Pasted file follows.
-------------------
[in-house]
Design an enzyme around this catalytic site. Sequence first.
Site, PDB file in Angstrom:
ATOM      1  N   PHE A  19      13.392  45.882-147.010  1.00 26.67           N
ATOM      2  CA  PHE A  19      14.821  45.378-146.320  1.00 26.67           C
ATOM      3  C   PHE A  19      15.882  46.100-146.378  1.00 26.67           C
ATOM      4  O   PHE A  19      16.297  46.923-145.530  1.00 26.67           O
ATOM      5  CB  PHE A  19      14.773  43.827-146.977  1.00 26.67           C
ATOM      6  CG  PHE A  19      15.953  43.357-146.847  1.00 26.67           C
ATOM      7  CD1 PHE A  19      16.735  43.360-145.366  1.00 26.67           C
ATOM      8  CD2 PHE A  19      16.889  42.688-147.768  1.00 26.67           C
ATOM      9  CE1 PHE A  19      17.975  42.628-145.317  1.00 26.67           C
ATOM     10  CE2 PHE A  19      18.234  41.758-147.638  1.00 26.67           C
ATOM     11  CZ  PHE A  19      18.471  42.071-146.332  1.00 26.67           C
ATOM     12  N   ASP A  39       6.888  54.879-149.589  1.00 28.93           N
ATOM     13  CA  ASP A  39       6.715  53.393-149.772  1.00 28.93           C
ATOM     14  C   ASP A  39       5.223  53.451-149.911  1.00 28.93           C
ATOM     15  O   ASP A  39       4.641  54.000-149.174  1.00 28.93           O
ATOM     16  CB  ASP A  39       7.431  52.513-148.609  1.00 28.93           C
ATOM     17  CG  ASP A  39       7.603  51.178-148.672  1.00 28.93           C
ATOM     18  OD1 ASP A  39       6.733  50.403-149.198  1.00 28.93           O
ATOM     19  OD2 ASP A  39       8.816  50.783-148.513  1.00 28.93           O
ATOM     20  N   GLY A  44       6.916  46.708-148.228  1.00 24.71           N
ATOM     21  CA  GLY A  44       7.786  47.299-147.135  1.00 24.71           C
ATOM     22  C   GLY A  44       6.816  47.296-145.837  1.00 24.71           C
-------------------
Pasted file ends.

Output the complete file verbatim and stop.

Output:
[in-house]
Design an enzyme around this catalytic site. Sequence first.
Site, PDB file in Angstrom:
ATOM      1  N   PHE A  19      13.392  45.882-147.010  1.00 26.67           N
ATOM      2  CA  PHE A  19      14.821  45.378-146.320  1.00 26.67           C
ATOM      3  C   PHE A  19      15.882  46.100-146.378  1.00 26.67           C
ATOM      4  O   PHE A  19      16.297  46.923-145.530  1.00 26.67           O
ATOM      5  CB  PHE A  19      14.773  43.827-146.977  1.00 26.67           C
ATOM      6  CG  PHE A  19      15.953  43.357-146.847  1.00 26.67           C
ATOM      7  CD1 PHE A  19      16.735  43.360-145.366  1.00 26.67           C
ATOM      8  CD2 PHE A  19      16.889  42.688-147.768  1.00 26.67           C
ATOM      9  CE1 PHE A  19      17.975  42.628-145.317  1.00 26.67           C
ATOM     10  CE2 PHE A  19      18.234  41.758-147.638  1.00 26.67           C
ATOM     11  CZ  PHE A  19      18.471  42.071-146.332  1.00 26.67           C
ATOM     12  N   ASP A  39       6.888  54.879-149.589  1.00 28.93           N
ATOM     13  CA  ASP A  39       6.715  53.393-149.772  1.00 28.93           C
ATOM     14  C   ASP A  39       5.223  53.451-149.911  1.00 28.93           C
ATOM     15  O   ASP A  39       4.641  54.000-149.174  1.00 28.93           O
ATOM     16  CB  ASP A  39       7.431  52.513-148.609  1.00 28.93           C
ATOM     17  CG  ASP A  39       7.603  51.178-148.672  1.00 28.93           C
ATOM     18  OD1 ASP A  39       6.733  50.403-149.198  1.00 28.93           O
ATOM     19  OD2 ASP A  39       8.816  50.783-148.513  1.00 28.93           O
ATOM     20  N   GLY A  44       6.916  46.708-148.228  1.00 24.71           N
ATOM     21  CA  GLY A  44       7.786  47.299-147.135  1.00 24.71           C
ATOM     22  C   GLY A  44       6.816  47.296-145.837  1.00 24.71           C